What are the advantages of being able to dig more streams?

By adopting the ‘dig more streams’ approach you will be able to:

  • generate additional income from your existing activities (e.g. by adding albums and prints to your wedding photography service)
  • create new income streams (e.g. selling prints online)
  • generate repeat business (e.g. selling a first anniversary package to your wedding clients)
  • add more value to your existing clients (e.g. if you specialize in new born images, keep a note of the babies birth dates and follow up with a 1 year old special offer, then a 2 year old special offer, then … you get the idea!)
  • capitalize on the growing number of professional and semi professional photographers by meeting their education needs (e.g. writing an e-book about how to shoot weddings)
tiger

Selling wildlife canvas prints locally and online has helped me dig more streams

One example from my own photography business is that I often am asked about my experience as a stock photographer. That leads to photographers asking me what they can do to build a stock photography portfolio themselves. The repetition of those questions lead me to write an e-book called Build A Five Figure Income in Your Spare Time which covers my own experience plus advice to people starting out in stock photography. If you would like to check it out, please see here. If you’ve got a digital camera, a computer, determination to keep improving, and some perseverance – then financial success as a stock photographer is possible for you.

Thanks for reading Dig More Streams. Has it prompted you to think about more streams which are possible for you and your business?

Seven Traits of People Running Successful Photography Businesses

This week I took part in an interesting discussion between photographers in a Facebook group. The discussion started with one photographer asking if others thought it was a good idea to do her own personal and business tax returns. (For readers not based in Australia, the tax year here ends in June and people begin submitting tax returns as early as July).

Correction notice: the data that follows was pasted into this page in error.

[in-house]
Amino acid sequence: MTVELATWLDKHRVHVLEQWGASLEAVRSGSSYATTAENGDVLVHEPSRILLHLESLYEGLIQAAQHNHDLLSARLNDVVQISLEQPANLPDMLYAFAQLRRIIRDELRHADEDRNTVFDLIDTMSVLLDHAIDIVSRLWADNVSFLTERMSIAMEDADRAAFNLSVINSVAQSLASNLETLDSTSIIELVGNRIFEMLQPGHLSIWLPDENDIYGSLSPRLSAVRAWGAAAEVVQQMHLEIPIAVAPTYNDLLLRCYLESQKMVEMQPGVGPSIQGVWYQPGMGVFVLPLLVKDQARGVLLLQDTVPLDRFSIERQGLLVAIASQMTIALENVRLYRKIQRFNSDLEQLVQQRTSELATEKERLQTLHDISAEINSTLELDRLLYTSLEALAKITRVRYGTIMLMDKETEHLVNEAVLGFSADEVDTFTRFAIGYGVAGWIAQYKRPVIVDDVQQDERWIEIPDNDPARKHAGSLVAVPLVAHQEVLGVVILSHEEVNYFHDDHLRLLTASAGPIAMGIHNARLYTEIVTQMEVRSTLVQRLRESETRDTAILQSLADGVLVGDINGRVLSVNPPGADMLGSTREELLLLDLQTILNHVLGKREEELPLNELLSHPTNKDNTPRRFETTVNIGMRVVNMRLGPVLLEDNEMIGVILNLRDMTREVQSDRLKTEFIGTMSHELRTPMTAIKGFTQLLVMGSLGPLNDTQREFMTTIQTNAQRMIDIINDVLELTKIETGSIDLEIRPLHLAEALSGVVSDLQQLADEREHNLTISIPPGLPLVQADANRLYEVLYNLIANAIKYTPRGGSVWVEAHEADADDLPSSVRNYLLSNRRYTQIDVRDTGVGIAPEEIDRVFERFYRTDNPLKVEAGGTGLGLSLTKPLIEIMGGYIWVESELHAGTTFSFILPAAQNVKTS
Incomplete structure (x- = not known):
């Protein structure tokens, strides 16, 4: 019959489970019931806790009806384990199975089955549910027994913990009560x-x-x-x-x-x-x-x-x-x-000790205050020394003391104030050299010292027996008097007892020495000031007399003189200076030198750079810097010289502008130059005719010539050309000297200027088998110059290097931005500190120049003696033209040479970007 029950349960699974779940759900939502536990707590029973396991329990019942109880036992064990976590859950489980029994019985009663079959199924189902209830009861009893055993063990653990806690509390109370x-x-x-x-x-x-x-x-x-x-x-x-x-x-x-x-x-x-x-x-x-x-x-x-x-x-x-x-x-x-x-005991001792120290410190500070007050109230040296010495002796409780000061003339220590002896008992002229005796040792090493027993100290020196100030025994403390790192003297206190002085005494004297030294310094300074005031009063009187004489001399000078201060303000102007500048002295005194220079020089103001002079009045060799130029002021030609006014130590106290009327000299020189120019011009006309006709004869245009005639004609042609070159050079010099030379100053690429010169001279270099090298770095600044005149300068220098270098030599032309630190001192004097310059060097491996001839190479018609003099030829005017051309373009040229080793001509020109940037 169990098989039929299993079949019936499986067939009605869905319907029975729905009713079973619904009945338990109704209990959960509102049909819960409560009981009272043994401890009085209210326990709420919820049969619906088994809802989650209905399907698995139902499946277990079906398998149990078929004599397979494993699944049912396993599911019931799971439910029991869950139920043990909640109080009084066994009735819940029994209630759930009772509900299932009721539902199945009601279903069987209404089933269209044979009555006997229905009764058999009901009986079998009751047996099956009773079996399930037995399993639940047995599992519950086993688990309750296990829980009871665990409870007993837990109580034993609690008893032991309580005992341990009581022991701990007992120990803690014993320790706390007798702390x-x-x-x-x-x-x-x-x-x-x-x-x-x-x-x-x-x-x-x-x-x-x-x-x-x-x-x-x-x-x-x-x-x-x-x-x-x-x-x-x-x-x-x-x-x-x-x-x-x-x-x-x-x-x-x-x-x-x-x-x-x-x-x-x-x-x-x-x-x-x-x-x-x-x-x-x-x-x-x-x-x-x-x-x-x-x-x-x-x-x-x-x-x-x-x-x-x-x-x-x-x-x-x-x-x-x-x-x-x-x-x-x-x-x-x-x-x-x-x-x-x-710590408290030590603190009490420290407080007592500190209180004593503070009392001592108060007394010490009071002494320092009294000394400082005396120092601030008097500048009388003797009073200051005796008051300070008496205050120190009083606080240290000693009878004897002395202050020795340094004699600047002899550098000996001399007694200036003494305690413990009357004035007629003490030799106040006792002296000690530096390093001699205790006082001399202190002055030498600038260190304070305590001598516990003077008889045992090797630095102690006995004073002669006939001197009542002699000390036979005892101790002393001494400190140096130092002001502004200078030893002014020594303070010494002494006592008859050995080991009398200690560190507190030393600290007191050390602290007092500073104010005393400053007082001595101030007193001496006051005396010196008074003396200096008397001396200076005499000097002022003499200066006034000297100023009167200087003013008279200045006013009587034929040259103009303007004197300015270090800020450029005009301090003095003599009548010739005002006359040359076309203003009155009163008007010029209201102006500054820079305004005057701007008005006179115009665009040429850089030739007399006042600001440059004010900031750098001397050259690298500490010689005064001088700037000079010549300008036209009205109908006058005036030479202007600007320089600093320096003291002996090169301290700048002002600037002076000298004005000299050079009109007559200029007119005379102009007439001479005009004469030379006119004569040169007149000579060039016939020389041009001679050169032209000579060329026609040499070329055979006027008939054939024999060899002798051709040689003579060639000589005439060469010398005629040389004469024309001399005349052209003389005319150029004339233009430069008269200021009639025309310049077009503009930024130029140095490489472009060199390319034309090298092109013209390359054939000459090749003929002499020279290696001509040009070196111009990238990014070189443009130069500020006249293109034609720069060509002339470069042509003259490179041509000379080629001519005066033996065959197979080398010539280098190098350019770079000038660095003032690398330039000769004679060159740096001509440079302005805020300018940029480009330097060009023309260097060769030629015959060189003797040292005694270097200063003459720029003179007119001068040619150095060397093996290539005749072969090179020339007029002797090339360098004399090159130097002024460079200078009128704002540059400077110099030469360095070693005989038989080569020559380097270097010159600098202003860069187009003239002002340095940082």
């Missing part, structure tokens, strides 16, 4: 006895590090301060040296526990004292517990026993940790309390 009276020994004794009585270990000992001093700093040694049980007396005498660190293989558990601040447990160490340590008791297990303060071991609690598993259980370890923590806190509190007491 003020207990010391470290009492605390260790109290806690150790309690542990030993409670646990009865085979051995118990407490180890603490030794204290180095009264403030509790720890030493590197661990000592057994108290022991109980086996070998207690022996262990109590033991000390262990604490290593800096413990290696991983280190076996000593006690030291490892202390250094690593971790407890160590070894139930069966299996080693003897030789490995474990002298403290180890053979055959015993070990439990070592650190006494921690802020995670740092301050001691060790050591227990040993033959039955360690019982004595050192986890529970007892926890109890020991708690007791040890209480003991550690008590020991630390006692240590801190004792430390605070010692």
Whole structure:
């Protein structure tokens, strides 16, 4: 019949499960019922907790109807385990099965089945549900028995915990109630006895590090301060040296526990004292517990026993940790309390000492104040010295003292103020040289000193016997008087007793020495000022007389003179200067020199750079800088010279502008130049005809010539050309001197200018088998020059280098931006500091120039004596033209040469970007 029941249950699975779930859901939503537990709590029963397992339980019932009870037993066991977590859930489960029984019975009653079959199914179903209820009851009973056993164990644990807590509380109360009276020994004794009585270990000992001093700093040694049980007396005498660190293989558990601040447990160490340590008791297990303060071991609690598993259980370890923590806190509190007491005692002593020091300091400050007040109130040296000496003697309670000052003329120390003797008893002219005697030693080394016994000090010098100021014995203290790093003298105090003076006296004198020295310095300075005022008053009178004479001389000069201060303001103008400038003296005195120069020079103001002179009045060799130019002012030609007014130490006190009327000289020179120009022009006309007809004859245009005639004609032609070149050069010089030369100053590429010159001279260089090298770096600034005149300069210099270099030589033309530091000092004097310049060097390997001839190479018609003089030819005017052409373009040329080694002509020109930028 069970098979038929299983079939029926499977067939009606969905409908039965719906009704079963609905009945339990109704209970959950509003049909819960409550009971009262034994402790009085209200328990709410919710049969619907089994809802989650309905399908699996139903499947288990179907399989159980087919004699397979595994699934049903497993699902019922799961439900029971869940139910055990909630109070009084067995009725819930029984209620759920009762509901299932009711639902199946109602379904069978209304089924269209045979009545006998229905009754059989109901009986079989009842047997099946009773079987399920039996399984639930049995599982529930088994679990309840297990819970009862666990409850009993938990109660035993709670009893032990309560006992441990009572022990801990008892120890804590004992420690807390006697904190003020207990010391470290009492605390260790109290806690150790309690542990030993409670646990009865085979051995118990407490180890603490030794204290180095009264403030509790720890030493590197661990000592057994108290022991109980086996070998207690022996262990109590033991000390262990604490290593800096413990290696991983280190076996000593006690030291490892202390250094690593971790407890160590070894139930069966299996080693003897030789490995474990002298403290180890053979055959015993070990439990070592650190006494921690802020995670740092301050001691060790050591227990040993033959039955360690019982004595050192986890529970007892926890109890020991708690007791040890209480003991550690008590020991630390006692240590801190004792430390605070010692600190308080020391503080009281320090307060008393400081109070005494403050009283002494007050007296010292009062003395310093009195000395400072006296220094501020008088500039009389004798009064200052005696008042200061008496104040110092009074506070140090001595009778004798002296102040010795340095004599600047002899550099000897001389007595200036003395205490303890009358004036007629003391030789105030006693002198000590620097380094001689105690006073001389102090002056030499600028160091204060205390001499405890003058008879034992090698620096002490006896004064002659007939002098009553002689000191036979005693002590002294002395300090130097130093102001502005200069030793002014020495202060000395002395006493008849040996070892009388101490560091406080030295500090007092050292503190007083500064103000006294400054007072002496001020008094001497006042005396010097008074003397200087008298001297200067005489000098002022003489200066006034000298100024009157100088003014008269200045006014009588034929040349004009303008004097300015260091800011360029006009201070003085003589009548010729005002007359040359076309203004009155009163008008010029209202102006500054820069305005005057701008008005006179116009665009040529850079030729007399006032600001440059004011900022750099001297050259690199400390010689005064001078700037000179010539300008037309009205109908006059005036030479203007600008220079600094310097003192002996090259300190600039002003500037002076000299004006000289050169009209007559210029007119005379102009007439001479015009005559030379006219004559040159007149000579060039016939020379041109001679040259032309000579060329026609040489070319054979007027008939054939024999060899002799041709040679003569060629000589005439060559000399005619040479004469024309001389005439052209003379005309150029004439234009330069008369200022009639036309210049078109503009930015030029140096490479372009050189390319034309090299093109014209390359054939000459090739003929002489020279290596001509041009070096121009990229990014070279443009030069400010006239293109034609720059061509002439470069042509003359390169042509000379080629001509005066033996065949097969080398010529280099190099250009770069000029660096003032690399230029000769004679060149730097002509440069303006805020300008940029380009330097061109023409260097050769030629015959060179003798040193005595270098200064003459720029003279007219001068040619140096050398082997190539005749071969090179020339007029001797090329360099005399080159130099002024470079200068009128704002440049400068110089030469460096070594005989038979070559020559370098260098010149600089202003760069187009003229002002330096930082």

It is very hard to answer her question without knowing her circumstances. She may be a qualified tax accountant and it might be worthwhile doing her own taxes. That scenario is unlikely and my advice was that it is best to have a specialist do your taxes. That’s what I do for both my personal and business tax returns. I find it is worth the peace of mind knowing that my tax returns have been done properly. It also means that I get all of the deductions available to me as a small business owner. But most importantly, using an expert to do my tax returns leaves me more time to look after my clients.

Tax time

Taxes are one example of business tasks better left to a specialist.

The photographer in the Facebook group had just completed her first year in business as a photographer. Her comments reminded me that it is very common when we are starting out to try and do everything ourselves. We may not have the business cash flow to be able to pay for a range of services, or we just figure that because we have the time, we will do things ourselves to save money. Some might think that is a valid approach, but all of the people I know who are running successful photography businesses take a different approach. That lead me to consider the traits I see in people running successful small photography businesses. Here they are, seven traits of people running successful photography businesses.

The photographers I know who are running successful photography businesses have these things in common. They:

(1) Get help with business activities they are not expert in – that includes but isn’t limited to doing taxes, editing images, printing, preparing contracts, framing prints, delivering products to their clients. The list goes on. Where they are not expert, or where they can’t add value, they get an expert to help.

(2) Understand the value of their time. This is where being a good business person really shows. They may be able to do their own taxes, but they know it will take them 3 weeks where an expert can do it in one week. Why would they want 3 weeks of their year tied up doing taxes? They know it is not a good use of their time to be tied up doing this type of task.